It’s important to choose your words (and your wordsmiths) carefully, but for many of us there is actually no more vital an issue than where to put our books.
In the last 10 years we have lived through a revolution in the way we store our knowledge. But while we can now browse an entire personal library on an electronic device the size of a paperback, there has been a burst of creativity in that most traditional of bookish accessories, the bookshelf. Bookshelves today are modern art, engineering experiments and, of course, status symbols. And this is the subject of my new book, Bookshelf (Thames & Hudson, £14.95) which is inspired by the blog of the same name, a pictorial guide to the world’s most intriguing bookshelves, bookcases and things that look like them.
Bookcases and bookshelves – whether they are shaped like Mexican snakes, made of felt or hold books upside down (all of which can be found in the Bookshelf book) – provide a welcoming habitat. Alberto Manguel’s portrayal of reading at home in The Library at Night (2007) is one of the most evocative descriptions of how a collection of books becomes more than a pile of papers, how even the very smell of his wooden shelves relaxes him. This is the library as emotional sanctuary. Or to put it another way, e-reading is all very well, but wouldn’t you rather keep your Proust in a bookcase shaped like a polar bear?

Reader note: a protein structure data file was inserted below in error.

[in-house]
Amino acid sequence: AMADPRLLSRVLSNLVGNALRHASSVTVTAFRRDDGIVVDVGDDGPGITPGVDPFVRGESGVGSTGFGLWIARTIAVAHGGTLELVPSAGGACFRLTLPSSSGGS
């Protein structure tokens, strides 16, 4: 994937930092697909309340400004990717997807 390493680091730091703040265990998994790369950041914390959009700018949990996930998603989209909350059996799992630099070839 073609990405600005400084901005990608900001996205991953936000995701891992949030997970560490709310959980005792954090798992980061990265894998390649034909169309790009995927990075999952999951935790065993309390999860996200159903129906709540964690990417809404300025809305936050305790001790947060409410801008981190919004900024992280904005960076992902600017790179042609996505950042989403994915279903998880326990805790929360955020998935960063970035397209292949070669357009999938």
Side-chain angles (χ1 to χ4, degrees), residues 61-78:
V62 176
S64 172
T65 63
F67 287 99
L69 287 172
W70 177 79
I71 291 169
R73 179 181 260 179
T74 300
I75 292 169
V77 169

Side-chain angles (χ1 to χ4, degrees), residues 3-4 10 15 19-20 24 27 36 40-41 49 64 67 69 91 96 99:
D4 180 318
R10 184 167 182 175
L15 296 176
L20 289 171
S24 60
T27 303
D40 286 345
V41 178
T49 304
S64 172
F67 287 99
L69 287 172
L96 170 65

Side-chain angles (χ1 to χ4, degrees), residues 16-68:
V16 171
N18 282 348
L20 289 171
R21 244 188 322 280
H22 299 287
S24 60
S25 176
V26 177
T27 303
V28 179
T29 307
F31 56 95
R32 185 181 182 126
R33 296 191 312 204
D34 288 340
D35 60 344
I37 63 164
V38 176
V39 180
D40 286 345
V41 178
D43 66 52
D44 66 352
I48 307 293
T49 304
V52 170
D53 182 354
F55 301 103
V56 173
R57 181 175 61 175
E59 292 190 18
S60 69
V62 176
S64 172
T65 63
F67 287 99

So please do take a brief video tour of the book below. Especially if you like the idea of a circular bookshelf in your sitting room.